Biographical Sketches of Eminent American Statesmen, with Speeches, Addresses and Letters

By B. F. Perry | Go to book overview

The family of Henry Laurens's ancestors were amongst those French refugees above named. They did not go to the Santee but remained in Charleston, as did many others who were artisans and traders. It is stated in Ramsay's History of South Carolina, that they first settled in New York. The climate of South Carolina was thought to be more desirable and more like that of the home from which they had been exiled. Nothing further is known of the Laurens family. Dr. Ramsay has given a sketch of Henry Laurens and also of his gallant son John Laurens, in his History of South Carolina, but says not one word of Henry's father. Inasmuch as Dr. Ramsay married a daughter of Henry Laurens he could have given some account of his parents.

Henry Laurens was born in 1724 in the city of Charleston. He was destined to be a merchant, and his education was completed at private schools. Early in life he was placed in the counting-house of Thomas Smith, a merchant of Charleston, and then under the superintendence of Mr. Crahatt, a merchant of London, who had done business in Charleston. Under these gentlemen he learned to be a merchant. He was remarkable through life for order, system and method, which were taught him by these merchants. When he returned from London he entered into business with an eminent merchant of Charleston, and by his attention to business, practical good sense, punctuality, caution and wisdom, he accumulated a very large fortune. He worked hard himself and made every one else about him work also. Like Mr. Jefferson, who said the sun never caught him in bed summer or winter, Laurens was an early riser. It is said he required less sleep than most persons, and transacted most of his mercantile business after night. He was a model merchant for the young business men of the city to study and imitate.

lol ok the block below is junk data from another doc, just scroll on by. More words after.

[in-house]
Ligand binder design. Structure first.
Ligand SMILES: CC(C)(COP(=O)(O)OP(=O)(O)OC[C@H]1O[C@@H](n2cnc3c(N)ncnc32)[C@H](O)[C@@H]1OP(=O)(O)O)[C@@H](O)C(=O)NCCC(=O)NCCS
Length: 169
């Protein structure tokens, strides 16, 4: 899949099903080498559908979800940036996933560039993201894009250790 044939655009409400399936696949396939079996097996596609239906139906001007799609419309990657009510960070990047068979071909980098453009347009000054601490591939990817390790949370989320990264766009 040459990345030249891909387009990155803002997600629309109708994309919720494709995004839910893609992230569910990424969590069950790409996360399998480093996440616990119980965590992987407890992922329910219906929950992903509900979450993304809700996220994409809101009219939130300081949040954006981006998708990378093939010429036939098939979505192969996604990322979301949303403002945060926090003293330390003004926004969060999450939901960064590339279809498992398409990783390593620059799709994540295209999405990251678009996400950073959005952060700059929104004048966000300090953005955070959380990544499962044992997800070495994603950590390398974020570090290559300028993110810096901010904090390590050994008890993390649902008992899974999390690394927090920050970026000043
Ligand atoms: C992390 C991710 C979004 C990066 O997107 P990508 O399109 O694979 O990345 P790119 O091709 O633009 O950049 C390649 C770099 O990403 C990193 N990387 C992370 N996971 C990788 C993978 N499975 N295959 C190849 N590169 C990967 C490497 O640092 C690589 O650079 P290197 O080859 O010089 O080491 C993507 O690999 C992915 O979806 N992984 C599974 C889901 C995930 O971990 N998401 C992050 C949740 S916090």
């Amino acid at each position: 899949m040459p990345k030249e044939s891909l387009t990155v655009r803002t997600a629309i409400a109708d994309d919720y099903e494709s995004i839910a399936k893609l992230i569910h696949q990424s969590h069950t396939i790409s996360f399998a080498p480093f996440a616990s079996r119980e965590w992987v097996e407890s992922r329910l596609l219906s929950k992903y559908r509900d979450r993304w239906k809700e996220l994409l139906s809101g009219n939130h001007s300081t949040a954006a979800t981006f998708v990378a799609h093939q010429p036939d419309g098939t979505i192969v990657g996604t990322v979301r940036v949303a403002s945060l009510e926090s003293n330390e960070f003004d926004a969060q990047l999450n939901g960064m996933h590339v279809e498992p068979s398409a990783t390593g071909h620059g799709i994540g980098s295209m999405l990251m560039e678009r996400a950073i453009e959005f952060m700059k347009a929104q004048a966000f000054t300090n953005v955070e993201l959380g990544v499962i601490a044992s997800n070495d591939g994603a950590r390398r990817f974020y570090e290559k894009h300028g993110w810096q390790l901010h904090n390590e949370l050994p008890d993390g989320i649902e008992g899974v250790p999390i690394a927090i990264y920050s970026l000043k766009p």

His knowledge of human nature was said to be perfect, and he was able to estimate every man who dealt with him at his par value. He did a large credit busi-

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Biographical Sketches of Eminent American Statesmen, with Speeches, Addresses and Letters
Table of contents

Table of contents

  • Title Page i
  • P R E F a C E. v
  • Introduction vii
  • An Outline Of Governor Perry's Life. 1
  • Editorial Comments. 13
  • Action of The House of Representatives Of South Carolina. 19
  • Proceedings Of The Greenville Bar. 27
  • Proceedings in The Court of Common Pleas. Greenville, April 6th, 1887. 37
  • Fourth of July Oration. 47
  • An Address 65
  • Address - Delivered Before the Literary Societies of Erskine College, Abbeville District, S. C., on the Fifth Anniversary, Sept. 18, 1844 85
  • Speech 111
  • Speech of B. F. Perry, Of South Carolina. 145
  • Address - To the Democracy of the Fifth Congressional District in South Carolina, May 28, 1860. 153
  • Disunion. 171
  • The National Democratic Convention in Charleston, 1860. 186
  • United States Senator. 190
  • National Restoration. 191
  • Editorials - Approving of the Nomination of Governor Perry for Congress. 204
  • The Ancients and the Moderns. - A Comparison 217
  • Sketches Of Eminent American Statemen. 243
  • John Adams. 248
  • John Rutledge. 254
  • William H. 270
  • Patrick Henry. 279
  • Alexander Hamilton. 289
  • Benjamin Franklin. 308
  • William Pinkney. 329
  • Thomas Jefferson. 339
  • James Madison. 350
  • John Randolph. 382
  • John Jay. 393
  • Oliver Ellsworth. 403
  • William Smith. 410
  • Henry Laurens. 420
  • Gouverneur Morris. 428
  • William Henry Drayton. 441
  • Charles Pickney. 447
  • Arthur Middleton. 454
  • Pierce Butler. 459
  • Theophilus Parsons. 478
  • David Ramsay. 496
  • Fisher Ames. 518
  • Felix Grundy. 546
  • Edward Livingston. 555
  • Wade Hampton. 564
  • Thomas Sumter. 570
  • Colonel Benjamin Cleveland. 577
  • Colonel Benjamin Roebuck. 592
  • Letter from Dr. F. Peyre Porcher. 599
  • Letter from James P. Adams. 600
  • Letter from Col. Joseph N. Brown, an Ex-Confederate Colonel. 601
  • Extract from a Letter Written by a Gentle Man in Charleston to Gov. Perry. 602
  • Monument to Governor Perry. 608
  • Index. 611
  • Errata. 613
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